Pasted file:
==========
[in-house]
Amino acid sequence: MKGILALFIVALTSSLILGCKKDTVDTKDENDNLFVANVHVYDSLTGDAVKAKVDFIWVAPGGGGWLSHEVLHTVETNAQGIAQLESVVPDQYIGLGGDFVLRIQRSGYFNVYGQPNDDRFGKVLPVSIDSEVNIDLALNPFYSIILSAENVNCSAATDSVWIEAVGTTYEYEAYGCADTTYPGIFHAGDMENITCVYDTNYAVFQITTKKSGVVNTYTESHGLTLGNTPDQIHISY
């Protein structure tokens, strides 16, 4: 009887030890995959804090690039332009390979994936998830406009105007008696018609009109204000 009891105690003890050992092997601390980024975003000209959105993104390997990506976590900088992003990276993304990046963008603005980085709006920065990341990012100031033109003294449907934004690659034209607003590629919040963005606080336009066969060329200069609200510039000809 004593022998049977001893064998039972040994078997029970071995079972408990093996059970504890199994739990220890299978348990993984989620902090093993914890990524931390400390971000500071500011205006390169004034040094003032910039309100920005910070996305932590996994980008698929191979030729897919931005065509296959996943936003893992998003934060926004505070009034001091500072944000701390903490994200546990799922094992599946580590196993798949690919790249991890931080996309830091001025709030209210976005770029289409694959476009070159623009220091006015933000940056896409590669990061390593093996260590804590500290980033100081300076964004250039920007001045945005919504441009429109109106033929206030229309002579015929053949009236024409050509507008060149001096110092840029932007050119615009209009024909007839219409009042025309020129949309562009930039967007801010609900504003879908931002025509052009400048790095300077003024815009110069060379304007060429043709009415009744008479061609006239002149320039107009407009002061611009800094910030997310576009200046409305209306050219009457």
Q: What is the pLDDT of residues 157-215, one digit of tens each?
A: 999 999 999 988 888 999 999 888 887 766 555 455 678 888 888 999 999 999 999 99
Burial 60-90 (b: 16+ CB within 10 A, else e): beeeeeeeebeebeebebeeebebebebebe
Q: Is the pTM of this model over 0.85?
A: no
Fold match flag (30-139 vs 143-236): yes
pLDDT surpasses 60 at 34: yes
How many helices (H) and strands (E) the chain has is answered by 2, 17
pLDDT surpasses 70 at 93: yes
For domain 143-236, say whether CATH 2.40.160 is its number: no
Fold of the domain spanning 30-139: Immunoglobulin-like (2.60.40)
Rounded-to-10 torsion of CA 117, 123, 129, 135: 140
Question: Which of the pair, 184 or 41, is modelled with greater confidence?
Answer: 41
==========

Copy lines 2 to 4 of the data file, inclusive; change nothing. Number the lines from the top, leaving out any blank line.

Amino acid sequence: MKGILALFIVALTSSLILGCKKDTVDTKDENDNLFVANVHVYDSLTGDAVKAKVDFIWVAPGGGGWLSHEVLHTVETNAQGIAQLESVVPDQYIGLGGDFVLRIQRSGYFNVYGQPNDDRFGKVLPVSIDSEVNIDLALNPFYSIILSAENVNCSAATDSVWIEAVGTTYEYEAYGCADTTYPGIFHAGDMENITCVYDTNYAVFQITTKKSGVVNTYTESHGLTLGNTPDQIHISY
């Protein structure tokens, strides 16, 4: 009887030890995959804090690039332009390979994936998830406009105007008696018609009109204000 009891105690003890050992092997601390980024975003000209959105993104390997990506976590900088992003990276993304990046963008603005980085709006920065990341990012100031033109003294449907934004690659034209607003590629919040963005606080336009066969060329200069609200510039000809 004593022998049977001893064998039972040994078997029970071995079972408990093996059970504890199994739990220890299978348990993984989620902090093993914890990524931390400390971000500071500011205006390169004034040094003032910039309100920005910070996305932590996994980008698929191979030729897919931005065509296959996943936003893992998003934060926004505070009034001091500072944000701390903490994200546990799922094992599946580590196993798949690919790249991890931080996309830091001025709030209210976005770029289409694959476009070159623009220091006015933000940056896409590669990061390593093996260590804590500290980033100081300076964004250039920007001045945005919504441009429109109106033929206030229309002579015929053949009236024409050509507008060149001096110092840029932007050119615009209009024909007839219409009042025309020129949309562009930039967007801010609900504003879908931002025509052009400048790095300077003024815009110069060379304007060429043709009415009744008479061609006239002149320039107009407009002061611009800094910030997310576009200046409305209306050219009457």
Q: What is the pLDDT of residues 157-215, one digit of tens each?